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Bonded warehouse opens its doors

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Guests look at a model of the Kerry Worldbridge Special Economic Zone at its opening yesterday outside of Phnom Penh. Heng Chivoan

Bonded warehouse opens its doors

Local logistics firm Kerry Worldbridge officially launched its customs bonded warehouse yesterday, allowing firms to import and store materials in the facility without paying duties and taxes provided the final product is re-exported.

Located just south of the capital, the warehouse is part of the first stage of the company’s special economic zone (SEZ) development, which is expected to be completed in three stages covering 63 hectares at a total cost of $100 million.

Sear Rithy, chairman of Kerry Worldbridge Logistics, said during the facility’s inauguration that the company is expecting at least $300 million investment in the SEZ, though no official contracts have been signed yet. The company previously signed a memorandum of understand with German firm InSite Bavaria, to promote and attract high technology manufacturing to the SEZ.

“Our company strongly believes that this special economic zone and customs bonded warehouse will allow us to attract direct investments from foreign countries and increase their interest in investing in other fields in Cambodia,” Rithy said. “According to our projections, the flow of investment should be at least $300 million.”

Rithy said Kerry Worldbridge expects the SEZ will generate between 20,000 to 25,000 jobs once it is in full operation. Charles Esterhoy, chief operations officer of the Kerry Worldbridge SEZ, said after the event that the underlying goal of the zone is to attract high-level manufacturing, labelled as “Industry 4.0”. The company hopes to help Cambodia leapfrog stages of industrial evolutionary chain by introducing the highest level of technological manufacturing capacity to the Kingdom.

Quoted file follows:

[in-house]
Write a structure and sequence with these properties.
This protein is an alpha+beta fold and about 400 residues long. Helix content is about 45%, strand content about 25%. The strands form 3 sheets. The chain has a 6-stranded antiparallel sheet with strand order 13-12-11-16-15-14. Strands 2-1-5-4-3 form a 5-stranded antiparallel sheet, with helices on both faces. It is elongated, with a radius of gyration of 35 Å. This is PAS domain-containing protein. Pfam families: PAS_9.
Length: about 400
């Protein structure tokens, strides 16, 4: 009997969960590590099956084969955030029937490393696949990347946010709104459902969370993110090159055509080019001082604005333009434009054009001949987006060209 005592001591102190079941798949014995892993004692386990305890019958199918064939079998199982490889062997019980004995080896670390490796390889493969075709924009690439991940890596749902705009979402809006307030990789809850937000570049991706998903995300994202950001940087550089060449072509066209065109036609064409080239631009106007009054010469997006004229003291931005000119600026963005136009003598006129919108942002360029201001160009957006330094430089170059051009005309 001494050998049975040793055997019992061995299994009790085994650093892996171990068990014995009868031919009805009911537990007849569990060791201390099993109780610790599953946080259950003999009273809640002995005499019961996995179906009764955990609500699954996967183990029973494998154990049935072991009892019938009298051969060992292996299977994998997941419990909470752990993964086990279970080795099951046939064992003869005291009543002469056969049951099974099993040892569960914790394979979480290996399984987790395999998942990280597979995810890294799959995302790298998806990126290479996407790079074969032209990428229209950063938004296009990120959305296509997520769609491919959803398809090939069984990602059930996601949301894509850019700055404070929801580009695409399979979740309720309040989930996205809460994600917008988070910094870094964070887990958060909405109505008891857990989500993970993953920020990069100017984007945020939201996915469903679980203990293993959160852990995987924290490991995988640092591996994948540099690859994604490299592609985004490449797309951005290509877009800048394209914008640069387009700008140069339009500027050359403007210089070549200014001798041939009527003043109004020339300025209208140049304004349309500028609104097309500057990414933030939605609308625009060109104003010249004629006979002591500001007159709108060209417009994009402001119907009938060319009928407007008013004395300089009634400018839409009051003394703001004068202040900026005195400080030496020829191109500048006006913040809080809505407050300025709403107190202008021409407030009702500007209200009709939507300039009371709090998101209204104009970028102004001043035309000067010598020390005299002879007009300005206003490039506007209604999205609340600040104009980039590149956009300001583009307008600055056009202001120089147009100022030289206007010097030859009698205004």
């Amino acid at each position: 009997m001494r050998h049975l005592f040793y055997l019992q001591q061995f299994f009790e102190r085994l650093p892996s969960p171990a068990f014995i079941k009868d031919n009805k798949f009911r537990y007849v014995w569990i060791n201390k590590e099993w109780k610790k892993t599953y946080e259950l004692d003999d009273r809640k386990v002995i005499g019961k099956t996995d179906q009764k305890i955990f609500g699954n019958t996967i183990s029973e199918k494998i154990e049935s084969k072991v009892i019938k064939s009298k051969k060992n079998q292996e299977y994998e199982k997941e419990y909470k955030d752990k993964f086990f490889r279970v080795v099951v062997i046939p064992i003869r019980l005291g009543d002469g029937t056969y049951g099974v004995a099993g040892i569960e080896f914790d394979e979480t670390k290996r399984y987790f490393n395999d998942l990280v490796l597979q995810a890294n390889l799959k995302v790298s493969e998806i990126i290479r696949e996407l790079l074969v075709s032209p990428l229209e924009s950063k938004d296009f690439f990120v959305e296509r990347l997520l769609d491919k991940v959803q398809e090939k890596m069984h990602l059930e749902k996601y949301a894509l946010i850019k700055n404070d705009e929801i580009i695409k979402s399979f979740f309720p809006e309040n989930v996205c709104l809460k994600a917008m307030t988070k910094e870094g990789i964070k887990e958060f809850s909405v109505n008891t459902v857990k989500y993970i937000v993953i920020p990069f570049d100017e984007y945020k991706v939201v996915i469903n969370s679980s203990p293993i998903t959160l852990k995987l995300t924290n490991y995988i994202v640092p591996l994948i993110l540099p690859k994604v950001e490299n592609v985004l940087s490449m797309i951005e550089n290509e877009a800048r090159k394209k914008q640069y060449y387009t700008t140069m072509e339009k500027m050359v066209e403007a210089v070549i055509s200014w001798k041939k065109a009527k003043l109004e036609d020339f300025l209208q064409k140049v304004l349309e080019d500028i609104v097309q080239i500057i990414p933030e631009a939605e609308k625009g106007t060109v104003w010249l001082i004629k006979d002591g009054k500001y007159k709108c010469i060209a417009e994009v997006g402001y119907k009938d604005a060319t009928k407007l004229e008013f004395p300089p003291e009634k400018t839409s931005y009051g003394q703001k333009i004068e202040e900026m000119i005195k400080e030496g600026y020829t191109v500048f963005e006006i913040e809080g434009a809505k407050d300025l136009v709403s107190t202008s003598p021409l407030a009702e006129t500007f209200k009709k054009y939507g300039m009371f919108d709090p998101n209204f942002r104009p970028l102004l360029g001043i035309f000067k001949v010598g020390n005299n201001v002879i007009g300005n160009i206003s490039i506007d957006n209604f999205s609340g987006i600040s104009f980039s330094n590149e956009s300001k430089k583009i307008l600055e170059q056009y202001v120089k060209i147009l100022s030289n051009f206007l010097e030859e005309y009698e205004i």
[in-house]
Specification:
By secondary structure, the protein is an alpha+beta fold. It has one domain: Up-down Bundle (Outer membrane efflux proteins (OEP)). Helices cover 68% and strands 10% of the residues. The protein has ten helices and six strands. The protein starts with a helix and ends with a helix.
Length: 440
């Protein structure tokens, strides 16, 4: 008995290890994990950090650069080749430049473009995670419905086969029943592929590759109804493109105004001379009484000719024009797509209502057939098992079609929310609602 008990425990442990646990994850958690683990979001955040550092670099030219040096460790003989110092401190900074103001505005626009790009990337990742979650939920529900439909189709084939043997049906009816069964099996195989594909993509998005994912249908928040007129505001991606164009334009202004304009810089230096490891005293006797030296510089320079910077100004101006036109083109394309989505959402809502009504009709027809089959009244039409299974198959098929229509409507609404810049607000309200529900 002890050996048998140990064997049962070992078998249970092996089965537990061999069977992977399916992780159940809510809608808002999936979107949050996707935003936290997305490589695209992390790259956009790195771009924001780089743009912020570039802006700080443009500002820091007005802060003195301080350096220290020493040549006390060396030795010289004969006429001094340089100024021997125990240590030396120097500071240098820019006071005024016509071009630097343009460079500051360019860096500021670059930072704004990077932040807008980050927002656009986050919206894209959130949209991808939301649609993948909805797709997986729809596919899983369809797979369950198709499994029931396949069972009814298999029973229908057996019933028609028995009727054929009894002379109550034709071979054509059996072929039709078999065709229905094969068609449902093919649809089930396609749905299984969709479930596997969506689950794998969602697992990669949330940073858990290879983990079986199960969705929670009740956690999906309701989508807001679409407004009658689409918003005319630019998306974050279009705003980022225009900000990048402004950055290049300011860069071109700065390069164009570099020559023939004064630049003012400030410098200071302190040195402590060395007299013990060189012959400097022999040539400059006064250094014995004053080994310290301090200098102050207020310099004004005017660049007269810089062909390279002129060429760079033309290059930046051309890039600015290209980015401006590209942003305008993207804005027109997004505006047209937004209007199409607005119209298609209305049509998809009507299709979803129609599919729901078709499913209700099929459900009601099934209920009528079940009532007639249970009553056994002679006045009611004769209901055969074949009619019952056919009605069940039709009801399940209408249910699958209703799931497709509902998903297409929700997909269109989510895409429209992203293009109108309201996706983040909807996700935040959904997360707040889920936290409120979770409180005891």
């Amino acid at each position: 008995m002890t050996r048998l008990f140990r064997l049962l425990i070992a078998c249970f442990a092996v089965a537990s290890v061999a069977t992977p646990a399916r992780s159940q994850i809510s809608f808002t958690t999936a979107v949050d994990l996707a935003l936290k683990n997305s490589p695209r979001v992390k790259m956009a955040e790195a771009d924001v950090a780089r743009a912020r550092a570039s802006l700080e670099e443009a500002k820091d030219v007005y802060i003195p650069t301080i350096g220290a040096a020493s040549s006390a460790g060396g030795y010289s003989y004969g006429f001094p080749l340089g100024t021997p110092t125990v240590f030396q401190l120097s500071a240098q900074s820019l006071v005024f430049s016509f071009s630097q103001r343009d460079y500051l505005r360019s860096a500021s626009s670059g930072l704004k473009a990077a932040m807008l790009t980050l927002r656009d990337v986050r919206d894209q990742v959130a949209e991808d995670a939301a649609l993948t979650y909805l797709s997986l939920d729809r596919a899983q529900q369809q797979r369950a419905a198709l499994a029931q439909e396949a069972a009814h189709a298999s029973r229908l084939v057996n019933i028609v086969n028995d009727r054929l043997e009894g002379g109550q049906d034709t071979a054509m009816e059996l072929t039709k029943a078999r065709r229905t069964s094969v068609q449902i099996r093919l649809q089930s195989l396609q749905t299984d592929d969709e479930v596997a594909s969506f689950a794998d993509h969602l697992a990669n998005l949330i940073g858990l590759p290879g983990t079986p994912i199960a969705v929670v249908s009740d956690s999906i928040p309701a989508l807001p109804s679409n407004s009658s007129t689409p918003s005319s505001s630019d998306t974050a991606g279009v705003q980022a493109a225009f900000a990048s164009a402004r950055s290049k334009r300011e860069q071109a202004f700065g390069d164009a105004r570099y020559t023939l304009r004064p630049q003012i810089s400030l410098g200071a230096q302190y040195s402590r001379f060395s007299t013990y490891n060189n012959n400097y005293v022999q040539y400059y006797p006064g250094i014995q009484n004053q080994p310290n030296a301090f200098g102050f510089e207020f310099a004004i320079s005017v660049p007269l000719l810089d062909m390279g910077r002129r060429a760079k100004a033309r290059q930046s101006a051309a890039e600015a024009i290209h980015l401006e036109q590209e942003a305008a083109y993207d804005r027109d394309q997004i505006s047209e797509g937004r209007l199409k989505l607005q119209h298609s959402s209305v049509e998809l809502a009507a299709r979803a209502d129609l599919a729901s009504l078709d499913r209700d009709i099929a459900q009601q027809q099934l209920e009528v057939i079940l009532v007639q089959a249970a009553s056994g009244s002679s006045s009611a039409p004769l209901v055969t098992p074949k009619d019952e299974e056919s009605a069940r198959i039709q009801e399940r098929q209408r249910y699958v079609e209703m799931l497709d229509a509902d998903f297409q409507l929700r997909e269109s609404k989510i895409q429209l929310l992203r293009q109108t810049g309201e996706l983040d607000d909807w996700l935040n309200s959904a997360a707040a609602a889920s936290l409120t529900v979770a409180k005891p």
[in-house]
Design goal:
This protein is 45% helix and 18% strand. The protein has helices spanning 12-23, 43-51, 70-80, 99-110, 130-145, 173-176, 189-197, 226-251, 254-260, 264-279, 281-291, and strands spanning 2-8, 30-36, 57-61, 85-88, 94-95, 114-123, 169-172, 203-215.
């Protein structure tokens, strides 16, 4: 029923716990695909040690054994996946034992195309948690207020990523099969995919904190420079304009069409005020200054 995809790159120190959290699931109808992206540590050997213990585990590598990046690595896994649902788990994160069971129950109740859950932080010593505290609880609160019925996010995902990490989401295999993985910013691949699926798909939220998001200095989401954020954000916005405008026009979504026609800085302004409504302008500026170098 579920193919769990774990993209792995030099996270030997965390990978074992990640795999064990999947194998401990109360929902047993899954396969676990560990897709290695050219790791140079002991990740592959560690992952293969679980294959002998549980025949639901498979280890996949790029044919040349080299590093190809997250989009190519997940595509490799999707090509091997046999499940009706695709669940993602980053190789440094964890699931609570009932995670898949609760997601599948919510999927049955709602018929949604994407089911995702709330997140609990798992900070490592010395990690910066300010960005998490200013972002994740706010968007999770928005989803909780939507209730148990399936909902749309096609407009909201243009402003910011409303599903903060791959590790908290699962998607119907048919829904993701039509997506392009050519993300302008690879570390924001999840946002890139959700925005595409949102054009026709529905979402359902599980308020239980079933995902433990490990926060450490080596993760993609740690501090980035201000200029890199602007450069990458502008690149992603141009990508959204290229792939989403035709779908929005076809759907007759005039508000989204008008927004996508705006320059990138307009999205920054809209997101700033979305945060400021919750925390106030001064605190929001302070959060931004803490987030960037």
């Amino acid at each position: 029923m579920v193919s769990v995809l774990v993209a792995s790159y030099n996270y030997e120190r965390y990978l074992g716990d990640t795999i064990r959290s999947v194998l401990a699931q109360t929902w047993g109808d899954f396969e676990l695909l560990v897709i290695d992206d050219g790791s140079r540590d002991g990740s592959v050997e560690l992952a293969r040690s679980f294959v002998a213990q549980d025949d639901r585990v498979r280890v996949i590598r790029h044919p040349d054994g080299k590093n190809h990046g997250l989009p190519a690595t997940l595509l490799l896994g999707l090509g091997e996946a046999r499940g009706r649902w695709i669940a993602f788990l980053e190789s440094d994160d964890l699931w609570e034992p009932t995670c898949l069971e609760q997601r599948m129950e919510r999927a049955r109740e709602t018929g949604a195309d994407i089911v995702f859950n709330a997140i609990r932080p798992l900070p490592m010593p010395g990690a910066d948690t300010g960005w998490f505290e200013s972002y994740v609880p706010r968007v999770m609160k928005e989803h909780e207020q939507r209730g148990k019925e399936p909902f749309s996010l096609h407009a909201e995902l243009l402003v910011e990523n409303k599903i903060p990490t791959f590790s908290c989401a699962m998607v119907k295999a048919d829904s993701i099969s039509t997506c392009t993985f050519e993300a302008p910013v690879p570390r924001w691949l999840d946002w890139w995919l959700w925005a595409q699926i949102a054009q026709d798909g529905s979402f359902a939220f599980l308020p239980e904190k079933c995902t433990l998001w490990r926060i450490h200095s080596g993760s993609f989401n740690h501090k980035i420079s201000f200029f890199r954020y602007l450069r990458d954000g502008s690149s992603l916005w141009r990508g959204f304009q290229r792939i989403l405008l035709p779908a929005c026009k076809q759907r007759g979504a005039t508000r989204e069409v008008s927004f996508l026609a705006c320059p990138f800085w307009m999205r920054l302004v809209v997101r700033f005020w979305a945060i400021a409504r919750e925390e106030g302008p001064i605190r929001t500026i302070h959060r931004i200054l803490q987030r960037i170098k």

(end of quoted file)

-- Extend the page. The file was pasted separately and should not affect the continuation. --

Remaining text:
“We’ve all heard that 30 percent of garment jobs are going to be lost to robots [in Cambodia], that is the garment industry moving towards what is called Industry 3.0, which is automation,” he said.

“What we are doing is skipping Industry 3.0, and we will go straight to Industry 4.0, which is cyber-physical manufacturing, and is already in place in leading industrial nations like Japan or Germany.”

Esterhoy noted that in order for Cambodia to absorb such a high level of manufacturing, it will need to significantly improve the vocational skills of its workforce. He says Kerry Worldbridge’s MoU with InSite Bavaria includes providing training for workers while the firm also has an agreement with the National Polytechnic Institute of Cambodia (NPIC) to increase vocational training.

“In order to attract investment from German, EU or Japanese high tech manufacturers, we have to change vocational skills levels,” he said.“Cambodia is perfect for this because you have a relatively small and young population, and they understand technology.”

Figures from the Ministry of Economy and Finance showed that trade volume for SEZs in Cambodia grew by 1.2 percent last year, reaching 2.83 billion for both imports and exports.

George Yong Boon Yeo, president of the Kerry Group and CEO of Kerry Logistics, said that the new facilities and the customs bonded warehouse would satisfy a growing need for sophisticated logistics solutions in Cambodia.

“Kerry Logistics Network and our local partner Worldbridge Group . . . are working together to improve logistics in the Kingdom,” he said.

“This will help lower costs and make Cambodia an even more attractive country for investment.”

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